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lunes, 27 de agosto de 2018
By Jesse Norman
In recent weeks, the U.S. and China have announced tens of billions of dollars of import tariffs on goods including steel and aluminum, washing machines and bicycles, coal and diesel. With at least $200 billion of further tariffs in prospect on the U.S. side alone, the possibility of the world’s first trillion-dollar trade war cannot be ruled out.
In response, many advocates of free trade have cited the great 18th-century political economist Adam Smith. In the words of The Economist, “ Donald Trump is in a standoff with Adam Smith.” On this view, the White House is overthrowing the principles laid down by the author of “The Wealth of Nations,” a staunch foe of state intervention in the economy who argued not merely for the economic benefits of free trade but for its capacity to bring citizens of all countries together.
In fact, however, Smith’s views on trade were more subtle and wide-ranging than this caricature would suggest. That doesn’t mean he was a protectionist-far from it. But we do have to dig deeper into his ideas to understand what he was really saying about trade and why it matters.
Adam Smith is by general consent the most influential economist who ever lived-the “father of economics.” His ideas have shaped many fields over the last 200 years, including not only economics but philosophy, political theory and social psychology. Smith is justly celebrated today for his insights into the nature of markets and for his famous analysis of how specialization-created by the “division of labor” and driven by the basic human instinct to “truck, barter and exchange”-creates economic value. The result is a kind of miracle: a massive, coordinated economy with no central planner or directing organization, created by people freely buying and selling in markets.
But Smith’s view of markets is very different from the one found in standard economics textbooks today. He thought of markets not as abstract mathematical constructions but as dynamic and evolving institutions, shaped in different ways by tradition, norms, circumstances, law and government. It is this insight that connects “The Wealth of Nations” (1776) with Smith’s first book, “The Theory of Moral Sentiments” (1759), a pioneering investigation of social psychology and the origins of moral values. For Smith, markets exist not by divine right but because they have been shaped by human beings in ways that generate both private and public value.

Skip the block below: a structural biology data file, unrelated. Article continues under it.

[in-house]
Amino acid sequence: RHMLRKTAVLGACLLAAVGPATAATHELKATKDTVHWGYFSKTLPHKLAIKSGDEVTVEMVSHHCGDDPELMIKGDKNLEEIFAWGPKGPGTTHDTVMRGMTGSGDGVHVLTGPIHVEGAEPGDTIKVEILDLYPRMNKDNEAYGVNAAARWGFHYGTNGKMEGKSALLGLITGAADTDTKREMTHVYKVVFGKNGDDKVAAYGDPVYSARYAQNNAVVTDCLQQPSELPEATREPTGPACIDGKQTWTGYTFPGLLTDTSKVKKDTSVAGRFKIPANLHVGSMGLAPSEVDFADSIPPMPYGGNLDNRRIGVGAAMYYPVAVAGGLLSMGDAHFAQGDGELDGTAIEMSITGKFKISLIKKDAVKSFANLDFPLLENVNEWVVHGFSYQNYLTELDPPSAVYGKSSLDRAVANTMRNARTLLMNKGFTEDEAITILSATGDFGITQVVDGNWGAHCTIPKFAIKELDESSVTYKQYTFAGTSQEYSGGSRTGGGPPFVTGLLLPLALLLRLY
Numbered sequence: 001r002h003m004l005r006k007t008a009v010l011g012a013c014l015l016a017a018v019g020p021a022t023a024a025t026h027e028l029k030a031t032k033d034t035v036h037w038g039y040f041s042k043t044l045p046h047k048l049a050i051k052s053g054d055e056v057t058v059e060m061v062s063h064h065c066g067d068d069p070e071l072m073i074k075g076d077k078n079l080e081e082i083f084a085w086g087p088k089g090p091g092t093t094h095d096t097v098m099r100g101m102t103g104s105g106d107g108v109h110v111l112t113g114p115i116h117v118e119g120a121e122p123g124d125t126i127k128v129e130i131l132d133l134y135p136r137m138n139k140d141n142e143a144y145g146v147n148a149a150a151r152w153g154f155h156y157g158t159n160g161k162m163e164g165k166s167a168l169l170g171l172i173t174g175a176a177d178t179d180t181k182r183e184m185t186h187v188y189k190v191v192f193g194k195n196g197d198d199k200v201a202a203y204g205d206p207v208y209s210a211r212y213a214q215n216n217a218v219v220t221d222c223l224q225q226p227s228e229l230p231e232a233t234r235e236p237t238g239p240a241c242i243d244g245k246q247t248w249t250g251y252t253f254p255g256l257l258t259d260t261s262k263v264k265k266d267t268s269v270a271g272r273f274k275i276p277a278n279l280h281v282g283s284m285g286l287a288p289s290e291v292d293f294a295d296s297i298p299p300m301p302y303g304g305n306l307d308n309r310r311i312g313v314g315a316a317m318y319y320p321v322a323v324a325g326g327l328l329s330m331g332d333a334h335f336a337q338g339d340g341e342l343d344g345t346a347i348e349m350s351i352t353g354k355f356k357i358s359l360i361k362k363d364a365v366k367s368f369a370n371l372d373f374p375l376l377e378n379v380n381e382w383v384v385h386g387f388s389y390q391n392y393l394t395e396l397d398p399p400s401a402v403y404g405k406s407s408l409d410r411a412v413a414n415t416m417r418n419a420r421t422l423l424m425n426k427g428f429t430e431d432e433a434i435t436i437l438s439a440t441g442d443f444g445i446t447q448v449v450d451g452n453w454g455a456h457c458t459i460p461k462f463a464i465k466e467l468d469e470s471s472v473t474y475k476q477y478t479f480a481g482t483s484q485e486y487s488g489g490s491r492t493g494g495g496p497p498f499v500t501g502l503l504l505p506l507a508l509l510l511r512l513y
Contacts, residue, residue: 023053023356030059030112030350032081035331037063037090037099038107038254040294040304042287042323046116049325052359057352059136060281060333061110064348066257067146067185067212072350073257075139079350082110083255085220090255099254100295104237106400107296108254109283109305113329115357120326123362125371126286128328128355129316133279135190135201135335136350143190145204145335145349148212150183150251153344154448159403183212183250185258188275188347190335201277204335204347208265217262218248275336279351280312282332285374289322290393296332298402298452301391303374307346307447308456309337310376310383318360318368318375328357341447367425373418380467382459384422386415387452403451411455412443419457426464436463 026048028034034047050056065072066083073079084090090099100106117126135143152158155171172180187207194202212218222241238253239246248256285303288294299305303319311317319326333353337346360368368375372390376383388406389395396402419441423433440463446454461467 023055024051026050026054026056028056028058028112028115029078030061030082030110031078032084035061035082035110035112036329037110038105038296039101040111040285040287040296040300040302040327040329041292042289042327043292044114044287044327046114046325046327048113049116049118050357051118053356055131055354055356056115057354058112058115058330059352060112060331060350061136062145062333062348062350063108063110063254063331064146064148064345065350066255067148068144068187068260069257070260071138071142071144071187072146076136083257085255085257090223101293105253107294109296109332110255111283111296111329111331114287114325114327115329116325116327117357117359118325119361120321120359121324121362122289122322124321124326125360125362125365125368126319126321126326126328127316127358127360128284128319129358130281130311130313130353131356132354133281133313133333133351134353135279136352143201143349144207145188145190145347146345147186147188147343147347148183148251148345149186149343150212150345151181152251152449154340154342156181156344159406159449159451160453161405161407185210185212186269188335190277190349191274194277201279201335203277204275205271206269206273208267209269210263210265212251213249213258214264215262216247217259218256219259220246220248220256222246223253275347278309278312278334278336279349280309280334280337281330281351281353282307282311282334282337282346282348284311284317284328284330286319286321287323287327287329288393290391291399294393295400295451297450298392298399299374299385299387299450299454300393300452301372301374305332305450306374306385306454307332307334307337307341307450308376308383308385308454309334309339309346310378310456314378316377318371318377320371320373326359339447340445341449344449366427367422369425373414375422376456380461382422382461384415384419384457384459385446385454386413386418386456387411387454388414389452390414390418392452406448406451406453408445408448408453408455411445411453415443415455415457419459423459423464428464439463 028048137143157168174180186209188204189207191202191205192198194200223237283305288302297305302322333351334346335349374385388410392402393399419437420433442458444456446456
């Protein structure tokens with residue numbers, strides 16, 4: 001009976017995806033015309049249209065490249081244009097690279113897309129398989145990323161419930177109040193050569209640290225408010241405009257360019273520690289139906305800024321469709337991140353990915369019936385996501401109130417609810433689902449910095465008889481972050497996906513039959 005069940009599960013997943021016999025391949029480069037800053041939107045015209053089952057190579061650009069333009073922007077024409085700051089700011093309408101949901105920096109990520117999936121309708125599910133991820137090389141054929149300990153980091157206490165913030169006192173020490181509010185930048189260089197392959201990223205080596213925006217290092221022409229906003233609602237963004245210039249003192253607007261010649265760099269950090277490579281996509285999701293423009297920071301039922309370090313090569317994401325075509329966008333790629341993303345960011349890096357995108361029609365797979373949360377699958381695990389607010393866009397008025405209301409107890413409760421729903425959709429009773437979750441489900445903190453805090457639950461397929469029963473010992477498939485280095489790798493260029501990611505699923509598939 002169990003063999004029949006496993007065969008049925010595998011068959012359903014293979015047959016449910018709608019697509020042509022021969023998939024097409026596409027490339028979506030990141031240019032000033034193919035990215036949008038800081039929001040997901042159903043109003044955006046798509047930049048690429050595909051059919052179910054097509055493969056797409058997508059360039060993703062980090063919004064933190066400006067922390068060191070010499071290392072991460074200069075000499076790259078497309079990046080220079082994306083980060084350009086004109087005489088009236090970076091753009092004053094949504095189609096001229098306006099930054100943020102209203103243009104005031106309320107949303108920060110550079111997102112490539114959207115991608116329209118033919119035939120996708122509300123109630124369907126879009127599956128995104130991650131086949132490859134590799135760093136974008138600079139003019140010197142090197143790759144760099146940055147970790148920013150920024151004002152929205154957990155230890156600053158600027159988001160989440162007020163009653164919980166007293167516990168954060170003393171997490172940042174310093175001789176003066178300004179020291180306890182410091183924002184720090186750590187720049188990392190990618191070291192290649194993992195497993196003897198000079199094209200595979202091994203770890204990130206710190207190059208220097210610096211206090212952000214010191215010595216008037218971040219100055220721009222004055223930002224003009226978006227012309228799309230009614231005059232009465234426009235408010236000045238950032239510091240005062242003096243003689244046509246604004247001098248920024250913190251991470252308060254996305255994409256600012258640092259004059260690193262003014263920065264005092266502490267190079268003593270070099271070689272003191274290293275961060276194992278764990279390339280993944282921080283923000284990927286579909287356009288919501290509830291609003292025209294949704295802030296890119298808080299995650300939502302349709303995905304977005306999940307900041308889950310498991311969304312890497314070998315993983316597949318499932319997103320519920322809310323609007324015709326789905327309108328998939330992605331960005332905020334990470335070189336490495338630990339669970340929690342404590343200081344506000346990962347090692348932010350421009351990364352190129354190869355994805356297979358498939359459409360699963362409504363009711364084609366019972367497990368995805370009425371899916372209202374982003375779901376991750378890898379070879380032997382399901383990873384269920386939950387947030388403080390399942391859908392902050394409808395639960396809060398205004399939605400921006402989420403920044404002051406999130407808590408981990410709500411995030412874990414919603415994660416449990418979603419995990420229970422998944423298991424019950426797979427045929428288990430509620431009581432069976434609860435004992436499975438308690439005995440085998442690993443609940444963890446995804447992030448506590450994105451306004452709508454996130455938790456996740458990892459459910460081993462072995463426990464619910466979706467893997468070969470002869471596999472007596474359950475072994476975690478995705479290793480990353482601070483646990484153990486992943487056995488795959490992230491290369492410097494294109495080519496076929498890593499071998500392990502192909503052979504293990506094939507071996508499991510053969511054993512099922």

What matters for Smith isn’t the rhetoric of “free markets” but the reality of effective competition. It is competition that creates economic value and keeps markets honest. But Smith believed that government intervention doesn’t always undermine effective competition. On the contrary: Government can create red tape, but it can also bust trusts and level playing fields. Unfortunately, people today tend to hear only the first half of this message.
In the 18th century, markets were typically beset by thickets of guild, church and state regulation, jealously enforced by insiders with privileged access to government. Smith’s “system of natural liberty” was thus a profound and radical idea. Little wonder that he described “The Wealth of Nations” as “the very violent attack I had made upon the whole commercial system of Great Britain.” At that time, any liberalization of the market was likely to increase both prosperity and equality.
Yet to describe Smith as a laissez-faire economist is a serious mistake. On the contrary, he offers support in “The Wealth of Nations” for a wide range of state interventions, ranging from a land value tax to regulation of the banks and currency. Particularly notable is Smith’s vigorous critique of crony capitalism, focusing on three things we see everywhere today: “rent-extraction,” or companies getting above-market returns, often through political connections; asymmetries of information and power, which allow market insiders to rip off outsiders; and “principal-agent” problems, whereby managers tend to act in their own interests at the expense of shareholders. Ultimately, he believes, it falls to government, as the basic guarantor of the legitimacy and fairness of the market system, to remedy these ills.
These insights carry over from domestic markets to the international arena. Smith argued vigorously for the long-term benefits of free trade, abroad as at home, and he generally opposed monopolies and colonial exploitation. But he was also a student of history and a supreme realist about power. Far from holding that free trade would create international harmony, he believed that states would always seek to dominate each other, and argued for the importance of international law to maintain a stable trading order.
Smith also recognized that sometimes tariffs and other temporary retaliations might be called for-even though their continued use would tend to raise domestic prices, reduce competition and increase crony capitalism. Indeed, Smith supported the long series of laws known as Navigation Acts, through which Britain used its naval power to exercise strict control over its colonial and other trade. As he put it simply, “defense is of much more importance than opulence.”
Adam Smith, then, was no market fundamentalist. On trade as on many subjects, he resists the easy caricatures of the political right and left. And he remains supremely relevant to present-day concerns, from falling U.S. domestic competition to the monopolistic tendencies of the technology platforms, from smarter economics to better bank regulation. On these matters, as on tariffs and trade, we urgently need to rediscover his wisdom.
-This essay is adapted from Mr. Norman’s new book, “Adam Smith: Father of Economics,” which will be published by Basic Books on Sept. 11. He is member of the British Parliament for the Conservative Party.